Earth Experiencing Sixth Mass Extinction: Study

Scientists describe the number of vertebrate species experiencing population declines as “biological annihilation.”

By Kerry Grens | July 11, 2017

PIXABAY, SPRINTER1973Vertebrate populations are declining at an alarming rate, with nearly a third of 27,600 species analyzed shrinking in both size and range, scientists reported in PNAS yesterday (July 10). The authors consider the situation the “sixth mass extinction.”

“The time to act is very short,” coauthor Paul Erlich of Stanford University tells The Guardian. “It will, sadly, take a long time to humanely begin the population shrinkage required if civilisation is to long survive, but much could be done on the consumption front and with ‘band aids’—wildlife reserves, diversity protection laws—in the meantime.”

In addition to doing a broad analysis of the state of 27,600 terrestrial vertebrate species, which is about half the known total on Earth, Erlich and colleagues gathered detailed information on 177 mammalian species. They found that all of them are living in geographic ranges at least 30 percent smaller than in decades past.

See “Cheetah Range Drops 90 Percent

“We’ve got this stuff going on that we can’t really see because we’re not constantly counting numbers of individuals,” Stanford’s Anthony Barnosky, who did not participate in the study, tells CNN. “But when you realize that we’ve wiped out 50% of the Earth’s wildlife in the last 40 years, it doesn’t take complicated math to figure out that, if we keep cutting by half every 40 years, pretty soon there’s going to be nothing left.”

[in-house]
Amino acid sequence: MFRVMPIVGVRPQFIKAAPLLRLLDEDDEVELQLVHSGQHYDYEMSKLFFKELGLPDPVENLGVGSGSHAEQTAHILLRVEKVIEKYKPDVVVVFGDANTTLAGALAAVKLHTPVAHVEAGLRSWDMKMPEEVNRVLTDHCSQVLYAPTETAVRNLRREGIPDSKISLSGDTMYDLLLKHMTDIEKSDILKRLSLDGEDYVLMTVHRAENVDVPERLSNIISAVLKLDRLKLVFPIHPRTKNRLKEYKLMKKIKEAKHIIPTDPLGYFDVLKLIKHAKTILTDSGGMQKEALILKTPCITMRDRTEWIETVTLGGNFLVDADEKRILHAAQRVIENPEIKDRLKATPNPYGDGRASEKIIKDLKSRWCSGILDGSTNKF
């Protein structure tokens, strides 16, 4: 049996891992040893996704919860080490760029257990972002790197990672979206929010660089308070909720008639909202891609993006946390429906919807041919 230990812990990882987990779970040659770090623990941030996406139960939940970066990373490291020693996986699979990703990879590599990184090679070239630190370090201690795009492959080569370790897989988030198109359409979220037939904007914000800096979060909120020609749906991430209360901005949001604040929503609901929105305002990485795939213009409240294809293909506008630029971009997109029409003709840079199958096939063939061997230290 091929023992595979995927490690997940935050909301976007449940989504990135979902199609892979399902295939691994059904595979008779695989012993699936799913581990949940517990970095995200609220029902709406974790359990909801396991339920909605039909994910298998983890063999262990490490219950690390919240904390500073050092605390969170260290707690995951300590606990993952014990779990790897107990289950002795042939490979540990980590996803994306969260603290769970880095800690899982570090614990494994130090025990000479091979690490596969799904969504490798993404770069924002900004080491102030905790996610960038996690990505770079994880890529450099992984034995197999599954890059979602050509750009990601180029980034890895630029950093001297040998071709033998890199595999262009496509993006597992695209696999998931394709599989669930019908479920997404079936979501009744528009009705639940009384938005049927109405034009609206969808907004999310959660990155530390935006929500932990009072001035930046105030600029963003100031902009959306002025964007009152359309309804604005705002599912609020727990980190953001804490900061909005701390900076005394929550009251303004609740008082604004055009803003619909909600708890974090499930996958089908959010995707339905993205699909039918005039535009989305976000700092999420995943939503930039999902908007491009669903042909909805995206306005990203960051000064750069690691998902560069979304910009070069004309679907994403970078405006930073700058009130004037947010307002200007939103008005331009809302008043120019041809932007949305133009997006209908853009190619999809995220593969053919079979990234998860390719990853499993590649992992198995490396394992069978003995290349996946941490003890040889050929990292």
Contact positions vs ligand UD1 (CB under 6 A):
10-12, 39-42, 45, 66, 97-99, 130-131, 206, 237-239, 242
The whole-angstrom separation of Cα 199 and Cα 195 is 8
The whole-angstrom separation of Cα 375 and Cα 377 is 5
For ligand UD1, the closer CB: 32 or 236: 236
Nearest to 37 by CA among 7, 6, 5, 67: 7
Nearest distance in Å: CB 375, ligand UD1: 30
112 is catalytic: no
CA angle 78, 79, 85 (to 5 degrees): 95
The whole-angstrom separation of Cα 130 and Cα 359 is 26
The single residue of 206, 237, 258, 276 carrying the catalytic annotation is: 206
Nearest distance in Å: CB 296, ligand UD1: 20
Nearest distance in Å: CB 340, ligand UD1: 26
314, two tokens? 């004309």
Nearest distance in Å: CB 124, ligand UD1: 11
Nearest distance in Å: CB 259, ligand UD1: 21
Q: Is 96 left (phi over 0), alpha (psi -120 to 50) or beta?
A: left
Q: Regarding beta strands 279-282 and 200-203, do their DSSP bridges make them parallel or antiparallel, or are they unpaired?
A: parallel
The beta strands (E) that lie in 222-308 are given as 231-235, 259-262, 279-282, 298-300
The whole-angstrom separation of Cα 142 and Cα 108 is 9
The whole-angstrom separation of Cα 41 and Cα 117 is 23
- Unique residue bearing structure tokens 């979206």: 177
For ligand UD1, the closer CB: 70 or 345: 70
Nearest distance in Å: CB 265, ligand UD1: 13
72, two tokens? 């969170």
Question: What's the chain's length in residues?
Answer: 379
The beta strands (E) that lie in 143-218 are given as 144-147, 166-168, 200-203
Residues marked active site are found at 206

The researchers blame the animal losses on human behavior and overconsumption.

The ecological community is not in complete agreement that we are in the midst of the sixth mass extinction. As Doug Erwin of the Smithsonian Institution tells The Atlantic, the PNAS study examines losses over the short term—a century—and compares them to extinctions over millennia. “Any comparison of a long-term rate to a short term one almost inevitably comes up with a higher short-term rate.” Erwin says.

Stuart Pimm of Duke University tells The Guardian, the sixth mass extinction “is something that hasn’t happened yet—we are on the edge of it.”

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Avatar of: naturalist


Posts: 8

July 12, 2017

Mass land vertebrate extinction is not unlikely due to the severe overpopulation of our species.

The earth can get on fine without us, and small, isolated vertebrate populations (including us) might make it through the bottleneck. 

You want to change that?  Promote contraceptive knowledge, availability and desirability..


Avatar of: dmarciani


Posts: 71

July 12, 2017

I remember when in the late 1960’s it was announced by Paul Ehrlich that humanity by the year 2000 will be in the process of extinction due to overpopulation and starvation and that it will eventually disappear from the face of earth. The advice was for every responsible human not to reproduce if at all possible. It is 2017 and we are still here, famines have not taken place, and the world is still in one piece. The only thing that the scary population explosion bomb accomplished was to create a lot of cynicism among the older generations. I guess that it is time for the younger generations to recycle the usual scientific boogie men; like most of them were not even born in the early 1970’s, they will accept these “new” findings as the gospel. While it is a fact that many habitats like the rain forests are being destroyed at an alarming rate and something needs to be done, using the doomsday approach to change humans’ behavior, has been so far not very successful. 

Avatar of: CPT


Posts: 1

Replied to a comment from dmarciani made on July 12, 2017

July 12, 2017

Don't conflate predictions with data.

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